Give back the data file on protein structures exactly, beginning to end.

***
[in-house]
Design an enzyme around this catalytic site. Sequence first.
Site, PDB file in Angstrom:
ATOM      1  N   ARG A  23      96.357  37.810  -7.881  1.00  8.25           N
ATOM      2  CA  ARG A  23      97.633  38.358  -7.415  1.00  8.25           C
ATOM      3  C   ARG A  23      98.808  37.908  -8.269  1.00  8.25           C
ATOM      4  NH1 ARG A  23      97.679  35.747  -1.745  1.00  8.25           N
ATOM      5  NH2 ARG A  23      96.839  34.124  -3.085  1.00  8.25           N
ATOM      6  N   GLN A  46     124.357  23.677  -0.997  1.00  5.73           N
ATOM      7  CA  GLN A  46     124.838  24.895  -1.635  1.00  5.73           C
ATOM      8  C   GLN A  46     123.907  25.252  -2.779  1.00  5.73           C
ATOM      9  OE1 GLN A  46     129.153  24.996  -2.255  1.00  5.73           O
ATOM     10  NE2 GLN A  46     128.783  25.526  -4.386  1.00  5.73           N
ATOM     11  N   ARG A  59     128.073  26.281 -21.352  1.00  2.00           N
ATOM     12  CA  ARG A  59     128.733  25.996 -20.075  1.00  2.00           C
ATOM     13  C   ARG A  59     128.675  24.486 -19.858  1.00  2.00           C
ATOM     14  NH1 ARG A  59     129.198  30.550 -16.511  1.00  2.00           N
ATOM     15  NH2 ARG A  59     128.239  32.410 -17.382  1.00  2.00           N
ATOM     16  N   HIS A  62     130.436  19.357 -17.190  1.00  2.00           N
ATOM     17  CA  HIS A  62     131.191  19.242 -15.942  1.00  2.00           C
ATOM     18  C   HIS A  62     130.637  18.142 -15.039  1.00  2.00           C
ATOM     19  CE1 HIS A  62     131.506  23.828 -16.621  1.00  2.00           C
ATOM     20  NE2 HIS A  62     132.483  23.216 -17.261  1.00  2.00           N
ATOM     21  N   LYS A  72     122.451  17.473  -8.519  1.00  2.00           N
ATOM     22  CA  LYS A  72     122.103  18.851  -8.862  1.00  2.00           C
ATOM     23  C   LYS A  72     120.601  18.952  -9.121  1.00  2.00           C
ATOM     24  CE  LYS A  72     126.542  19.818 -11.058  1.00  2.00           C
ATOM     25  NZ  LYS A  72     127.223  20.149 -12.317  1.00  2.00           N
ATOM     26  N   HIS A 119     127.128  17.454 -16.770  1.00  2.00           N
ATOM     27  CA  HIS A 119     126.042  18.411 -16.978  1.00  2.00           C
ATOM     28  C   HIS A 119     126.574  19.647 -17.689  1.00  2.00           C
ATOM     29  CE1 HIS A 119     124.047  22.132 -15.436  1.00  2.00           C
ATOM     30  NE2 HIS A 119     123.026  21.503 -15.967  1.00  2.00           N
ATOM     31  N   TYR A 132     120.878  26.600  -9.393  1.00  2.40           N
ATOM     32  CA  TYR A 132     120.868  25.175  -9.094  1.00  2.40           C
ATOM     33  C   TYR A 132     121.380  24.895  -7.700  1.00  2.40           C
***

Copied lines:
[in-house]
Design an enzyme around this catalytic site. Sequence first.
Site, PDB file in Angstrom:
ATOM      1  N   ARG A  23      96.357  37.810  -7.881  1.00  8.25           N
ATOM      2  CA  ARG A  23      97.633  38.358  -7.415  1.00  8.25           C
ATOM      3  C   ARG A  23      98.808  37.908  -8.269  1.00  8.25           C
ATOM      4  NH1 ARG A  23      97.679  35.747  -1.745  1.00  8.25           N
ATOM      5  NH2 ARG A  23      96.839  34.124  -3.085  1.00  8.25           N
ATOM      6  N   GLN A  46     124.357  23.677  -0.997  1.00  5.73           N
ATOM      7  CA  GLN A  46     124.838  24.895  -1.635  1.00  5.73           C
ATOM      8  C   GLN A  46     123.907  25.252  -2.779  1.00  5.73           C
ATOM      9  OE1 GLN A  46     129.153  24.996  -2.255  1.00  5.73           O
ATOM     10  NE2 GLN A  46     128.783  25.526  -4.386  1.00  5.73           N
ATOM     11  N   ARG A  59     128.073  26.281 -21.352  1.00  2.00           N
ATOM     12  CA  ARG A  59     128.733  25.996 -20.075  1.00  2.00           C
ATOM     13  C   ARG A  59     128.675  24.486 -19.858  1.00  2.00           C
ATOM     14  NH1 ARG A  59     129.198  30.550 -16.511  1.00  2.00           N
ATOM     15  NH2 ARG A  59     128.239  32.410 -17.382  1.00  2.00           N
ATOM     16  N   HIS A  62     130.436  19.357 -17.190  1.00  2.00           N
ATOM     17  CA  HIS A  62     131.191  19.242 -15.942  1.00  2.00           C
ATOM     18  C   HIS A  62     130.637  18.142 -15.039  1.00  2.00           C
ATOM     19  CE1 HIS A  62     131.506  23.828 -16.621  1.00  2.00           C
ATOM     20  NE2 HIS A  62     132.483  23.216 -17.261  1.00  2.00           N
ATOM     21  N   LYS A  72     122.451  17.473  -8.519  1.00  2.00           N
ATOM     22  CA  LYS A  72     122.103  18.851  -8.862  1.00  2.00           C
ATOM     23  C   LYS A  72     120.601  18.952  -9.121  1.00  2.00           C
ATOM     24  CE  LYS A  72     126.542  19.818 -11.058  1.00  2.00           C
ATOM     25  NZ  LYS A  72     127.223  20.149 -12.317  1.00  2.00           N
ATOM     26  N   HIS A 119     127.128  17.454 -16.770  1.00  2.00           N
ATOM     27  CA  HIS A 119     126.042  18.411 -16.978  1.00  2.00           C
ATOM     28  C   HIS A 119     126.574  19.647 -17.689  1.00  2.00           C
ATOM     29  CE1 HIS A 119     124.047  22.132 -15.436  1.00  2.00           C
ATOM     30  NE2 HIS A 119     123.026  21.503 -15.967  1.00  2.00           N
ATOM     31  N   TYR A 132     120.878  26.600  -9.393  1.00  2.40           N
ATOM     32  CA  TYR A 132     120.868  25.175  -9.094  1.00  2.40           C
ATOM     33  C   TYR A 132     121.380  24.895  -7.700  1.00  2.40           C